Do­rian Con­cept


The Na­ture of Im­i­ta­tion

In the four years since his last re­lease, Joined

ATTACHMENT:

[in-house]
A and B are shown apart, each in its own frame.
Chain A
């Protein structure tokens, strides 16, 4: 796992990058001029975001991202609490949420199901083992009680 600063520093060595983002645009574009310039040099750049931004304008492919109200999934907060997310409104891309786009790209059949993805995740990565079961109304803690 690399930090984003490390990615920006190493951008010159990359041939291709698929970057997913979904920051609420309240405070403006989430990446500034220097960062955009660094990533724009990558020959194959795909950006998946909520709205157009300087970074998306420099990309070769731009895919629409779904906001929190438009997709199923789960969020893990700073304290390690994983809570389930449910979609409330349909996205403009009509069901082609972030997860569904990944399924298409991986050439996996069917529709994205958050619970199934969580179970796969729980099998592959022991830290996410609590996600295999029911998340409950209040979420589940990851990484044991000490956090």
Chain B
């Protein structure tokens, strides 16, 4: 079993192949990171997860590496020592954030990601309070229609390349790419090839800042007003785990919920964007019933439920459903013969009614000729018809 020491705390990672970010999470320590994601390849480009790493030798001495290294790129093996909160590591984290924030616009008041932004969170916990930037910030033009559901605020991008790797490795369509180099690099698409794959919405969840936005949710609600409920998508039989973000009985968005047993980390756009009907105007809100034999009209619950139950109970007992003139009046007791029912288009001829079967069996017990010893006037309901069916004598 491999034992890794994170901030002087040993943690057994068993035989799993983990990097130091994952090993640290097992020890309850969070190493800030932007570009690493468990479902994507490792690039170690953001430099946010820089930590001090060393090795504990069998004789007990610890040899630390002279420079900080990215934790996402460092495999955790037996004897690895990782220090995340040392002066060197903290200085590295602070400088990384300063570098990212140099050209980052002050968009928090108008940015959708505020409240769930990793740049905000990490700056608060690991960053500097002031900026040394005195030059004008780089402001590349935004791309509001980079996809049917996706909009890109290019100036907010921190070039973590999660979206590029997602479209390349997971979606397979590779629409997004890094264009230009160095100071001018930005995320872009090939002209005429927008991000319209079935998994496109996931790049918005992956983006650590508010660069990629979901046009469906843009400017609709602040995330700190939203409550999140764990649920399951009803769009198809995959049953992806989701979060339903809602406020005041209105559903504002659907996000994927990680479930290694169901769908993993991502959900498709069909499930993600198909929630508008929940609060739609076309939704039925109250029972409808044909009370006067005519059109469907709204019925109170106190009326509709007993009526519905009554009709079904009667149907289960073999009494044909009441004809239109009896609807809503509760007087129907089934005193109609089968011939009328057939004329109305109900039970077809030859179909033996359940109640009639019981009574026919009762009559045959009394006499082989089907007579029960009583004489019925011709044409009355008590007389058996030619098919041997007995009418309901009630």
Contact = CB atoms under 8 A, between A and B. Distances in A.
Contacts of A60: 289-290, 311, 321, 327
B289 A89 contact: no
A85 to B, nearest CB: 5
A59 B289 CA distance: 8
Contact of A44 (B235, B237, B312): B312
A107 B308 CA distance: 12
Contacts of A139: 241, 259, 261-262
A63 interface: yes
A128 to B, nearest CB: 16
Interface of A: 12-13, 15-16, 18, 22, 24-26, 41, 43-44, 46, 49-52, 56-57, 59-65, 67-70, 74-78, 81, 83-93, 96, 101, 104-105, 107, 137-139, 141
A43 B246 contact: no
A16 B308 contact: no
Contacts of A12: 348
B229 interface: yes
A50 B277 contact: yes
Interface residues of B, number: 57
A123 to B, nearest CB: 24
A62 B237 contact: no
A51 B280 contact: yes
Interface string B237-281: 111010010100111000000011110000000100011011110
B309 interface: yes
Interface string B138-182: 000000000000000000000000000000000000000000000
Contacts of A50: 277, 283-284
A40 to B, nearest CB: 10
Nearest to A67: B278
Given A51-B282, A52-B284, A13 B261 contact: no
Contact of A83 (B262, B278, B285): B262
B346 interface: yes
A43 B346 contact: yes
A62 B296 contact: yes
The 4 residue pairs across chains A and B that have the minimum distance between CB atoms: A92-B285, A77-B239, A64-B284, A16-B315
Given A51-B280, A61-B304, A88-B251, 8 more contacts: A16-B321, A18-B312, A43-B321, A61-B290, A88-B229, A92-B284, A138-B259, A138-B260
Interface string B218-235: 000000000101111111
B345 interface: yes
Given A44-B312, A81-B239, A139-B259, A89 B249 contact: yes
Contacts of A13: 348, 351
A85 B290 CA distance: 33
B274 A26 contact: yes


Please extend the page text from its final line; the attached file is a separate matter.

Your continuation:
Ends (which has been cat­e­go­rized by the artist him­self as his “cham­ber mu­sic” record), Do­rian Con­cept has spent his time de­vel­op­ing a brand new sound that’s un­rec­og­niz­able and un­ex­pected. What you thought you knew of Do­rian Con­cept? Crum­ple that up and throw it away. The Na­ture of Im­i­ta­tion is a re­mark­able, vis­ceral af­fair that not only high­lights his ex­cep­tion­ally tech­ni­cal style, but lends its fo­cus to the al­bum’s ex­per­i­men­tal, multi-genre eclec­ti­cism. His spot on the Brain­feeder ros­ter is well-de­served, and this al­bum bears the mark of heavy in­flu­ence of the la­bel’s best, in­clud­ing FlyLo him­self. The Na­ture of Im­i­ta­tion is chaotic and ca­cophonous in a way that makes sense — huge swells that bloom out of dizzy­ing as­cend­ing synths, only to be cut off with a blip and re­set into a dis­cernible rhythm. It has, at times, a cut-and-paste sound while feel­ing en­tirely co­he­sive. The Na­ture of Im­i­ta­tion is a prime ex­am­ple of an es­tab­lished artist bril­liantly re­defin­ing and re­de­vel­op­ing their sound to the high­est de­gree. (Brain­feeder, brain­feed­er­

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